Financial Conditions Take Front and Center Stage
In Jerome Powell’s speech last week, which drove the markets 3% higher, he offered a warning that few investors picked up on. “Officials seek to reduce inflation by slowing the economy through tighter financial conditions—such as higher borrowing costs, lower stock prices, and a stronger dollar—which typically curb demand.” The graph below, courtesy of ISABEL.NET.com and Bloomberg, shows the strong correlation between financial conditions and the S&P 500. Powell’s speech, his last before next week’s Fed meeting, helped ease financial conditions via lower borrowing costs, higher stock prices, and a weaker dollar. We seriously doubt this was his intention. The Fed is in a media blackout period. Accordingly, as we noted in yesterday’s Commentary, they must resort to using WSJ reporter Nick Timiraos to speak for them. Not surprisingly, Timiraos said the Fed might be more aggressive than most investors expect.
The risk at next week’s meeting is a Fed determined to fight inflation via tighter financial conditions. Such includes using hawkish rhetoric to talk stock prices lower. Further, they likely want to erase a pivot out of investors’ forecasts for 2023. Will the markets price in the Fed’s desire for tighter financial conditions? Or will they look past Powell’s bluster and continue to dream of a mid-year pivot?
What To Watch Today
- MBA Mortgage Applications, the week ended Dec. 2 (-0.8% prior)
- Nonfarm Productivity, Q3 final (0.7% expected, 0.3% prior)
- Unit Labor Costs, Q3 final (3.0% expected, 3.5% prior)
- Consumer Credit, October ($28.000 billion expected, $24.976 prior)
Market Trading Update
As discussed in yesterday’s commentary, the market sold off following the release of the WSJ’s commentary on the Federal Reserve’s stance on monetary policy remaining “hawkish.” After failing at the downtrend resistance line yesterday and violating the 200-dma, the “bears” regained market control. As I discussed in yesterday’s 3-minutes video, any sell-off yesterday would trigger the MACD “sell signal,” which has been a good indicator to reduce risk and raise cash. That signal did trigger yesterday.
So far, as indicated below, the market is trading within the consolidation range of the last 3-weeks. Also, the market did hold the 100-dma support level yesterday. However, if the market breaches that support, it is lower to the 50-dma. So far, the first 2-weeks of December are playing out as expected: “Sloppy Trade With A Chance Of Decline.” That action, barring an extremely hawkish post-FOMC speech from Jerome Powell next week, should set the market up for the year-end “Santa Rally.”
Many economic prognosticators are forecasting a recession. This may be precisely what Jerome Powell wants in his efforts to tighten financial conditions and break inflation’s back. Is it possible that hawkish Fed actions and rhetoric, along with recession forecasts get economic activity to slow enough to stop inflation but not enough to generate a recession? Such a “soft landing” is the Fed’s ideal scenario. While we think the odds of a recession are high, a soft landing scenario is something we frequently discuss in our investment committee meetings as it potentially has big implications for our investment outlook. The following bit on CNBC is worth considering.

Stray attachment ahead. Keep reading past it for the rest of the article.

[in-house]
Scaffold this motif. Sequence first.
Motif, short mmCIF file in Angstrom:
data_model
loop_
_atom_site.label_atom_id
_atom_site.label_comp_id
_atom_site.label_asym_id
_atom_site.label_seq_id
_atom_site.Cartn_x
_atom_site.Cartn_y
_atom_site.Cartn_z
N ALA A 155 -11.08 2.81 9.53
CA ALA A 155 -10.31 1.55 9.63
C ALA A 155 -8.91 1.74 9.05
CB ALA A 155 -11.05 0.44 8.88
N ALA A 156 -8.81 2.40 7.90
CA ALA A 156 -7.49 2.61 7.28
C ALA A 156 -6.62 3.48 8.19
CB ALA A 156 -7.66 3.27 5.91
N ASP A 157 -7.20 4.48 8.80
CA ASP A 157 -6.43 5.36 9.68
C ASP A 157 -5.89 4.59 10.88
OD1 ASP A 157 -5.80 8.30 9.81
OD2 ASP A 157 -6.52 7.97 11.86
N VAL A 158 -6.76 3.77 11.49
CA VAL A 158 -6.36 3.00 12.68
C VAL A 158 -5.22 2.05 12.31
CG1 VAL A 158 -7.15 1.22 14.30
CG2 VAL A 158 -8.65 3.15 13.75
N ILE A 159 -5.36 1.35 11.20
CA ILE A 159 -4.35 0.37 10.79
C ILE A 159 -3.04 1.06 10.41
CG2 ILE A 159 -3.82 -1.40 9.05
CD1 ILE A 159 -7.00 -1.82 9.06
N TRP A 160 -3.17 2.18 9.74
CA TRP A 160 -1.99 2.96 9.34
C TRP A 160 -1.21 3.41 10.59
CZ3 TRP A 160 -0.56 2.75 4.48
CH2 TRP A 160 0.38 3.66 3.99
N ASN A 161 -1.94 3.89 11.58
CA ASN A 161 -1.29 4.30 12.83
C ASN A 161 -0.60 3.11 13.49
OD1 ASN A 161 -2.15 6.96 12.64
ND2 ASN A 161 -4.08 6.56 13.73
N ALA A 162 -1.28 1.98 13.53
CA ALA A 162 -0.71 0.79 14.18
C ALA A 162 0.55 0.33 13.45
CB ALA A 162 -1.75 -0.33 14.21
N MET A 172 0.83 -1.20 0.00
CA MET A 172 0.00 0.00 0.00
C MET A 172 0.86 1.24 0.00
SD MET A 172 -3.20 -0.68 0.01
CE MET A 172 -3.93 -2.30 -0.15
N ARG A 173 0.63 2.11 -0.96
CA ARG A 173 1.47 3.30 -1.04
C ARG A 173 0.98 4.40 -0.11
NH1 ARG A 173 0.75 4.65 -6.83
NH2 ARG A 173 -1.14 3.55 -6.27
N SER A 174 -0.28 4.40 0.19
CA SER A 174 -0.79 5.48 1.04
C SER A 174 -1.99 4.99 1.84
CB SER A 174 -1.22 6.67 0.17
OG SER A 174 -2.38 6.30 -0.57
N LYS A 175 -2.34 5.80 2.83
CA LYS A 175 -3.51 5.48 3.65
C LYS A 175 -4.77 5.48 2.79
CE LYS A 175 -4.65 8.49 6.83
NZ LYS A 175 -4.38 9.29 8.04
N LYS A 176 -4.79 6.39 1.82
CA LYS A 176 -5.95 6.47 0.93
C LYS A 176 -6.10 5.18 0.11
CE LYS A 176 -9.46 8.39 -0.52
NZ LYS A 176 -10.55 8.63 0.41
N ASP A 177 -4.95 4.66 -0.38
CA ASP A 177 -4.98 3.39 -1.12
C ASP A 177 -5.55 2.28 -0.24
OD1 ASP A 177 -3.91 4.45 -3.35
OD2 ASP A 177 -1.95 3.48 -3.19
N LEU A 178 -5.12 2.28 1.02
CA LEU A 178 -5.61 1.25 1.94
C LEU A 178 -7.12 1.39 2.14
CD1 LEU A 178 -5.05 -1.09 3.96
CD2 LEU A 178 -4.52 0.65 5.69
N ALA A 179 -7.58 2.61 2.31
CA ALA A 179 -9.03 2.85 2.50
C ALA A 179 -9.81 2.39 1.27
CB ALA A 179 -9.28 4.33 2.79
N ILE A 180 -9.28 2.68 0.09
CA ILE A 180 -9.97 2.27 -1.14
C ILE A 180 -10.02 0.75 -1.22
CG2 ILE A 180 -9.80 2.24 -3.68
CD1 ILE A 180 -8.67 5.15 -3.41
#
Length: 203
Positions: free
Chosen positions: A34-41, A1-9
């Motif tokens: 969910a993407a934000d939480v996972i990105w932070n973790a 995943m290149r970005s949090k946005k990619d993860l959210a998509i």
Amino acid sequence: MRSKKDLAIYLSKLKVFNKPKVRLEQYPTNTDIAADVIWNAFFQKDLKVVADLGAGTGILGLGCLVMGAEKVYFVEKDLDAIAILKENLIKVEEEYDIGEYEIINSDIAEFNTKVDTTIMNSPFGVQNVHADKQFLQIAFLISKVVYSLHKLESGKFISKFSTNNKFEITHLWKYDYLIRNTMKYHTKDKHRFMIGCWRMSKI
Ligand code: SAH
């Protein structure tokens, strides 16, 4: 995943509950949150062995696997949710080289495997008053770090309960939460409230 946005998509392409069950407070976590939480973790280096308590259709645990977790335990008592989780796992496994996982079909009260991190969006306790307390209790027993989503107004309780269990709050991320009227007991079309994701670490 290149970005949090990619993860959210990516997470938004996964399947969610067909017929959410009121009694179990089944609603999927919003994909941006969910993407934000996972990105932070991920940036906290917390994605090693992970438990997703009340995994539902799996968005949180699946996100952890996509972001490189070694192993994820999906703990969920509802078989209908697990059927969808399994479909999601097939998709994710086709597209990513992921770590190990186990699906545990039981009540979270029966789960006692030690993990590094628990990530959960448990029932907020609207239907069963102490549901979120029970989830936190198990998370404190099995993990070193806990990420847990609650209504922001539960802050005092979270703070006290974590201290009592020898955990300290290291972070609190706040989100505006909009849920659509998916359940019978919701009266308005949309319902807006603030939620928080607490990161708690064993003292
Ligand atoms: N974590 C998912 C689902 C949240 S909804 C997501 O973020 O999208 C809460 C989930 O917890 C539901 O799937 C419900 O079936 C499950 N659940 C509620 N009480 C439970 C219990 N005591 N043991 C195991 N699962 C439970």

UNITED AIRLINES CEO: “If I didn’t watch @CNBC in the morning — which I do — the word ‘recession’ wouldn’t be in my vocabulary. You just can’t see it in our data.”
A Very Cohesive Fed
Jerome Powell seems to have formed a strong and unified front against inflation within the FOMC. As Pictet Asset Management shows below, on average, there is only one dissenting Fed member per three FOMC meetings under Powell’s tenure. However, keeping a cohesive hold on Fed members will become increasingly harder as rates near their terminal level and economic activity begins to fall off. The more dissents, the tougher the Fed’s job, especially if inflation doesn’t retreat as quickly as Powell wants it to. As such, 2023 may prove much harder for Powell than 2022.
S&P 500 Is in the Danger Zone
A few months ago, we added a new technical tool in SimpleVisor. The Relative Analysis tools allow SV users to perform technical relative analysis on any two tickers as well as all of the sectors versus the S&P 500. The analysis, using 13 technical analysis models, takes the ratio of the price of two tickers and scores the pair as fair value, overbought, or oversold. We are adding another similar tool. Users can now perform the same technical analysis on individual tickers, not pairs. For SV subscribers, the Absolute Analysis tool can be found under Ideas > Absolute Analysis.
The graph below shows the absolute analysis of SPY. SPY has been in moderately overbought (orange) territory, as it is today, three other times this year. All three instances accompanied a local peak in SPY. If the market rallies from current levels and breaks upward through key resistance, we expect this overbought condition will stay overbought. That said, we offer caution, as the market is clearly in a downward trend. Overbought conditions have proven great times for reducing equity exposure and managing risk.
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